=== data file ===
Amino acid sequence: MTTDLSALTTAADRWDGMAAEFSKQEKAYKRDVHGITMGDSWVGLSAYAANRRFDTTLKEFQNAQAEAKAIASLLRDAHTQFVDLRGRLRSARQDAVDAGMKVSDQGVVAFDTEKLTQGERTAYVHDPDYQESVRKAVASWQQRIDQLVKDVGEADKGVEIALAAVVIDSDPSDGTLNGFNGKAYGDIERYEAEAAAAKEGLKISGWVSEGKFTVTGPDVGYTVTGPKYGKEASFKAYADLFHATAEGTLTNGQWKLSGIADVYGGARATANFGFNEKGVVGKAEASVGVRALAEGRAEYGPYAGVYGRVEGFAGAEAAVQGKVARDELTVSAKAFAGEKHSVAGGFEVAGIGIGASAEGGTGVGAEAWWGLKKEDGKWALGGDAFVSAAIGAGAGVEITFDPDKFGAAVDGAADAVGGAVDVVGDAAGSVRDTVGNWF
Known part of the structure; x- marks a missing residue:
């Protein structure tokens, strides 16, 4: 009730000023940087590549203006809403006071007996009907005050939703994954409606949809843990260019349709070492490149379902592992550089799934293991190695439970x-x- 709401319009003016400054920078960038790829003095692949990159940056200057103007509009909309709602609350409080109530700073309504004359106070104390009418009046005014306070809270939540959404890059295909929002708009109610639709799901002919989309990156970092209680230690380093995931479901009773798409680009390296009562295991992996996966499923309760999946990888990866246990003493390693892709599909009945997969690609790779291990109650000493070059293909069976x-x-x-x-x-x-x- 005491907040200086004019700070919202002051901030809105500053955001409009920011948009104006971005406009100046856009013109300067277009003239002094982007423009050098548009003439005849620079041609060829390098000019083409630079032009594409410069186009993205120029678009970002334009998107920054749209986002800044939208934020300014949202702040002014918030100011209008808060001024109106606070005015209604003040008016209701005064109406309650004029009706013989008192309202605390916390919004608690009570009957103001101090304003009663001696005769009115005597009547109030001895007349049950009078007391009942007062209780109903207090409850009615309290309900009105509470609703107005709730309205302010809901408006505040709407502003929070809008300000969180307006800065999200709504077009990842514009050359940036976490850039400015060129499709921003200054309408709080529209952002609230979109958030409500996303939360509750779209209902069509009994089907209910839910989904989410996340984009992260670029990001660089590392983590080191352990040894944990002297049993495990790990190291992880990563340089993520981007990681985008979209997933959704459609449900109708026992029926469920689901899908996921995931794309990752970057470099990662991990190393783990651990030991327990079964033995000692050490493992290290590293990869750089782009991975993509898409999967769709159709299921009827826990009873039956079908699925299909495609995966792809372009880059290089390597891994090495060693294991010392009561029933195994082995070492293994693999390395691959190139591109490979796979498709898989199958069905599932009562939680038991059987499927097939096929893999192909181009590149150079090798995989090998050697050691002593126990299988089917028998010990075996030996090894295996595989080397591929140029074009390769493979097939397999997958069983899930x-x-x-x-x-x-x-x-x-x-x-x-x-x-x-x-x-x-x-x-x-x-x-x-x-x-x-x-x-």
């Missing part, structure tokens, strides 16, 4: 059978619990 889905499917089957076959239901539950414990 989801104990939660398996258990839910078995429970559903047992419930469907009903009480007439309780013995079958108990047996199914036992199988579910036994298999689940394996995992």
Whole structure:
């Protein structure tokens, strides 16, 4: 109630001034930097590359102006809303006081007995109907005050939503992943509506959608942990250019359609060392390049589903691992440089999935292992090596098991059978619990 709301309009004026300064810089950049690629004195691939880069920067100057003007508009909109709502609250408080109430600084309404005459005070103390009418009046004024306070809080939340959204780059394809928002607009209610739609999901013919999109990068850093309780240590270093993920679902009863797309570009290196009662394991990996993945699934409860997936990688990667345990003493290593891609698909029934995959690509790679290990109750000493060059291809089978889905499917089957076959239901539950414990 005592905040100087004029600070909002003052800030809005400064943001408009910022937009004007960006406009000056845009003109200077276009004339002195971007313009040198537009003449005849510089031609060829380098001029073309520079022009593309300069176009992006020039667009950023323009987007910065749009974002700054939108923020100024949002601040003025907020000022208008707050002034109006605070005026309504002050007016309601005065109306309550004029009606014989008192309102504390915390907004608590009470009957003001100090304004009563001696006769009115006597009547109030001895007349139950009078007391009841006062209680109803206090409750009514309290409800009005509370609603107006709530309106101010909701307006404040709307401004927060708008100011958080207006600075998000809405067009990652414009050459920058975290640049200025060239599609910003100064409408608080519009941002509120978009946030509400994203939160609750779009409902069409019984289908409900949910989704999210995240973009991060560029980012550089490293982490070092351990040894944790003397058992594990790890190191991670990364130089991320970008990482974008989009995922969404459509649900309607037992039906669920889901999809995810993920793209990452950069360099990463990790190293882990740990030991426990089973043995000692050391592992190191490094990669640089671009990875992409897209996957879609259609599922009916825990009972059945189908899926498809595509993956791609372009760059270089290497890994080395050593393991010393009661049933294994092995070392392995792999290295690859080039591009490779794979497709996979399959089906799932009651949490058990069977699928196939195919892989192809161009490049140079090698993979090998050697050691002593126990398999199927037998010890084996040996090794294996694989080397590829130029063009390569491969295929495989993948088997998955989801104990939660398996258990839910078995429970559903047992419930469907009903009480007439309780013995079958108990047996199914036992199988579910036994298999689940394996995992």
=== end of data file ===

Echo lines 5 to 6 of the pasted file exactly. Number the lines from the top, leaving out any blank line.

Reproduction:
Whole structure:
């Protein structure tokens, strides 16, 4: 109630001034930097590359102006809303006081007995109907005050939503992943509506959608942990250019359609060392390049589903691992440089999935292992090596098991059978619990 709301309009004026300064810089950049690629004195691939880069920067100057003007508009909109709502609250408080109430600084309404005459005070103390009418009046004024306070809080939340959204780059394809928002607009209610739609999901013919999109990068850093309780240590270093993920679902009863797309570009290196009662394991990996993945699934409860997936990688990667345990003493290593891609698909029934995959690509790679290990109750000493060059291809089978889905499917089957076959239901539950414990 005592905040100087004029600070909002003052800030809005400064943001408009910022937009004007960006406009000056845009003109200077276009004339002195971007313009040198537009003449005849510089031609060829380098001029073309520079022009593309300069176009992006020039667009950023323009987007910065749009974002700054939108923020100024949002601040003025907020000022208008707050002034109006605070005026309504002050007016309601005065109306309550004029009606014989008192309102504390915390907004608590009470009957003001100090304004009563001696006769009115006597009547109030001895007349139950009078007391009841006062209680109803206090409750009514309290409800009005509370609603107006709530309106101010909701307006404040709307401004927060708008100011958080207006600075998000809405067009990652414009050459920058975290640049200025060239599609910003100064409408608080519009941002509120978009946030509400994203939160609750779009409902069409019984289908409900949910989704999210995240973009991060560029980012550089490293982490070092351990040894944790003397058992594990790890190191991670990364130089991320970008990482974008989009995922969404459509649900309607037992039906669920889901999809995810993920793209990452950069360099990463990790190293882990740990030991426990089973043995000692050391592992190191490094990669640089671009990875992409897209996957879609259609599922009916825990009972059945189908899926498809595509993956791609372009760059270089290497890994080395050593393991010393009661049933294994092995070392392995792999290295690859080039591009490779794979497709996979399959089906799932009651949490058990069977699928196939195919892989192809161009490049140079090698993979090998050697050691002593126990398999199927037998010890084996040996090794294996694989080397590829130029063009390569491969295929495989993948088997998955989801104990939660398996258990839910078995429970559903047992419930469907009903009480007439309780013995079958108990047996199914036992199988579910036994298999689940394996995992």